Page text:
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Sandra Naddaff, Dean of Harvard Summer School

Learn More About Dean Naddaff

What was your favorite area of study or class in high school? College?

In high school, I’d say that Latin was probably my favorite course–I especially loved Vergil and Ovid. I continued my love of the humanities in college, but I moved away from the classics and spent more time studying English, French, and Arabic literature.

Who was your most influential teacher/professor?

I’ve been so lucky to have amazing teachers and professors  throughout my life. Mrs. Jaeger, my high school Latin teacher who shared my love of Latin and of the piano, was extremely demanding and somewhat stern, but her passion for Latin literature was contagious and she remained a mentor long after I graduated from high school. 

Edward Said and Dorrit Cohn were two faculty members with whom I studied in college who truly transformed the way I thought about approaching literary and cultural texts. Said was writing his seminal work Orientalism when I took a course on Philosophy of Language with him and forever changed the way I think about how language functions. And Cohn introduced me to narrative theory in her course on Consciousness in the Modern Novel and transformed the way I approach literature. I have saved the syllabi from both of those courses and periodically look back at them and remember the intellectual excitement of those courses.

What do you find special about the Harvard Summer School?

Dean Sandra Naddaff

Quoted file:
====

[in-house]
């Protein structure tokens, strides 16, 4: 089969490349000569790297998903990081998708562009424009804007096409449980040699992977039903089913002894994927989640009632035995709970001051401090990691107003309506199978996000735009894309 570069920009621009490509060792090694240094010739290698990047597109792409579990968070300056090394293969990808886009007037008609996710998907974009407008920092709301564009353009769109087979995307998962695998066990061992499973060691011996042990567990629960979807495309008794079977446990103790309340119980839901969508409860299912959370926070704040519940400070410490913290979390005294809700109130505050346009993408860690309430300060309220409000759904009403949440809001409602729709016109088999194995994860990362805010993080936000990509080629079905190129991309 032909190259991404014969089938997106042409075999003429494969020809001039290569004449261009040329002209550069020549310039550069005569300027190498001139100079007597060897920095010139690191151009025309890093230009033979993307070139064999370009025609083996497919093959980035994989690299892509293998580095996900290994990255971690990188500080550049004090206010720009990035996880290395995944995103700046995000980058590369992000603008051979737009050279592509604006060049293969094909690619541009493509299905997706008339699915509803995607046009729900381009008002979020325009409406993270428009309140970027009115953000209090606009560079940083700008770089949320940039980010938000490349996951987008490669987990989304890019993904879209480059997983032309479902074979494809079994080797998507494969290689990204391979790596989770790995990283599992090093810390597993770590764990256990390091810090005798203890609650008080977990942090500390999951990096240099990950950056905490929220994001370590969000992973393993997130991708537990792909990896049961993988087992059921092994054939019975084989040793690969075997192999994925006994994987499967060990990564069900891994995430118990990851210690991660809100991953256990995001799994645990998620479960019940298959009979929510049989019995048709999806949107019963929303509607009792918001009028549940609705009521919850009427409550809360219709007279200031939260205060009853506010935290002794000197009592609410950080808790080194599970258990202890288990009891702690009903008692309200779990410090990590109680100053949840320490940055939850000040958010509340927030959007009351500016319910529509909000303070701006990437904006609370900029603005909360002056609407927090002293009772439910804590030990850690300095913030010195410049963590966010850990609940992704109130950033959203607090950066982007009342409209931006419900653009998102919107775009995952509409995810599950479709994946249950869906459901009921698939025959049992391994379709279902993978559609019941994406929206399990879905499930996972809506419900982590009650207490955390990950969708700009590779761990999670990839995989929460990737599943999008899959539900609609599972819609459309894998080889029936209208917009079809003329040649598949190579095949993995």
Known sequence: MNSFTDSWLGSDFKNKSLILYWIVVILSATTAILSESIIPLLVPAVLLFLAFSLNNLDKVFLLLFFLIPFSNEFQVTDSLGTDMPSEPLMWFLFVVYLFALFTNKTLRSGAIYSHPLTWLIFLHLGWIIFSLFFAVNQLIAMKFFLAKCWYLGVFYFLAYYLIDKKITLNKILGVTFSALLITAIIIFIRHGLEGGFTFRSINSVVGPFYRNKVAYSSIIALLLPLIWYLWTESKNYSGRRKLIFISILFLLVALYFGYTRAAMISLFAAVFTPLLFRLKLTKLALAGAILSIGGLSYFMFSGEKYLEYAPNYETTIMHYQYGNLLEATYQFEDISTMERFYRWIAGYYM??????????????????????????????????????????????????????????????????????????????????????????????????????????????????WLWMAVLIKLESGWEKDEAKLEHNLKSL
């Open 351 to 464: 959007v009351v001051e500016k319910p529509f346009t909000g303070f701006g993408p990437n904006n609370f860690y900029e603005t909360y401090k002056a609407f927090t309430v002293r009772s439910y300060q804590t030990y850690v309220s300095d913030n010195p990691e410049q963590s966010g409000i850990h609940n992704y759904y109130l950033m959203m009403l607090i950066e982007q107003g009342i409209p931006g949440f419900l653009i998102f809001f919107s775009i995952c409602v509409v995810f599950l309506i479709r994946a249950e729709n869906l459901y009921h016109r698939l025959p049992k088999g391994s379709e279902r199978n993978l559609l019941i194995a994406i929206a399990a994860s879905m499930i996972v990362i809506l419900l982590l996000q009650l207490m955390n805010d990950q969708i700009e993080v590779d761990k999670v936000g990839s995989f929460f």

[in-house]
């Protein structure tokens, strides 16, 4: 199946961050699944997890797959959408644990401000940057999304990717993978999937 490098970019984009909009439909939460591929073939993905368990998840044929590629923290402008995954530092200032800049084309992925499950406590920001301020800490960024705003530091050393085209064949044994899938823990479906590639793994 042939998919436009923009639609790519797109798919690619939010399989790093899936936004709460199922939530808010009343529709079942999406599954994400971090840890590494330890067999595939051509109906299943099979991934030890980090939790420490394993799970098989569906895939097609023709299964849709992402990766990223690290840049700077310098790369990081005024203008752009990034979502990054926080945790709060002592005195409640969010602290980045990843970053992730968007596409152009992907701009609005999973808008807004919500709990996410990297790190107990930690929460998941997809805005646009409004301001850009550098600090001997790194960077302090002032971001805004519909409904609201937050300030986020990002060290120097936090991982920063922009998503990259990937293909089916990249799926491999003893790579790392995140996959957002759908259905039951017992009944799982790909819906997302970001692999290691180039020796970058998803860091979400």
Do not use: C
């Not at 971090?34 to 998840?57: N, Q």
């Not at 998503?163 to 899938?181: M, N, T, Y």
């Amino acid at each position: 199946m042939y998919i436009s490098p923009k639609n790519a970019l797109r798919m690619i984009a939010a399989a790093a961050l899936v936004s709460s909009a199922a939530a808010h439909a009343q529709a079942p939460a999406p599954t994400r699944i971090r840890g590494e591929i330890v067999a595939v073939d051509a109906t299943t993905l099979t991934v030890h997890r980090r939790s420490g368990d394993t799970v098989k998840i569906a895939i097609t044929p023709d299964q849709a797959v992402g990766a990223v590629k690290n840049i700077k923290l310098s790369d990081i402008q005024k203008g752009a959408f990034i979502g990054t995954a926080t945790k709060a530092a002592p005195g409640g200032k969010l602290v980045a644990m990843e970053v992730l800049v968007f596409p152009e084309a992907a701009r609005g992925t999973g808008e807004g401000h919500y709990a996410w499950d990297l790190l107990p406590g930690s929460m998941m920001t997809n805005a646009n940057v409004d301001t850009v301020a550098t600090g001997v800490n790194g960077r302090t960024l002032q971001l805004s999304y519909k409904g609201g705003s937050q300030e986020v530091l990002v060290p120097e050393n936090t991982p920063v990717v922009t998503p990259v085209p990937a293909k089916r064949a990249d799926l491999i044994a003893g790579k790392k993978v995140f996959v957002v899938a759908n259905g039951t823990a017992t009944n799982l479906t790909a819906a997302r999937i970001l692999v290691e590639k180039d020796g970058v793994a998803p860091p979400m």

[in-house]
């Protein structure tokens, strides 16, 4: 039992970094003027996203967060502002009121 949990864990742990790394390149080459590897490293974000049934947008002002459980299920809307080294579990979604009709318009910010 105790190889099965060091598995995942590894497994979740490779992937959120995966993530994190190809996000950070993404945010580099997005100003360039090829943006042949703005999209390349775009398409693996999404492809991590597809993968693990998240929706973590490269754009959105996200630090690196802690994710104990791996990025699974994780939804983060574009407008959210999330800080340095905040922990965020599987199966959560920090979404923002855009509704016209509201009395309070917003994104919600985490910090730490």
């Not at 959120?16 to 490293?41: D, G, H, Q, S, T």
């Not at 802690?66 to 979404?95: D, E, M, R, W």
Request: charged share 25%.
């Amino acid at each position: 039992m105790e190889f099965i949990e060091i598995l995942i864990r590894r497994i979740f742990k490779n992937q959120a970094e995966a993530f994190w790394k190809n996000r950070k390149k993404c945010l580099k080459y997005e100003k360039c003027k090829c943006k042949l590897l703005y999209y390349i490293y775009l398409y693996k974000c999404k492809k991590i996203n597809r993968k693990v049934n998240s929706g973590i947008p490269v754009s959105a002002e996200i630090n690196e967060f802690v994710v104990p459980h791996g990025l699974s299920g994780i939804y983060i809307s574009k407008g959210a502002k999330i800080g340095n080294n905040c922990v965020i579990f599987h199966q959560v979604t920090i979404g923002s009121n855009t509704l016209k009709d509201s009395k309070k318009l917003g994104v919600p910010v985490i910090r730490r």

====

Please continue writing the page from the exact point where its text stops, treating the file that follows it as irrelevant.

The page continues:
Sandra Naddaff, Dean, Harvard Summer School

So many things: I love that we make the extraordinary resources of Harvard such as our Libraries and Museums available to students of all ages—ranging from their teens to their 80’s. I love that we offer a far-ranging and dynamic liberal arts curriculum alongside courses in the professional realm. I love that students can come to the Summer School, whether online or in-person, and find themselves in a classroom or a dorm room or on a bench in Harvard Yard next to someone who comes from a different country, who speaks a different language and practices a different religion, but shares a common intellectual passion.

What is your favorite summer pastime?

Long early evening neighborhood walks before the sun sets; cooking with the fruits and vegetables of the season; hiking in Colorado.

What is your favorite place on the Harvard campus?

Two special places: the Widener Library stacks and the Radcliffe garden.

Did you study abroad? Where?

After graduating from college, I spent 18 months studying Islamic History at the American University in Cairo. A few years later, I spent a year in Paris working on my dissertation on the 1001 Nights. Both were memorable adventures.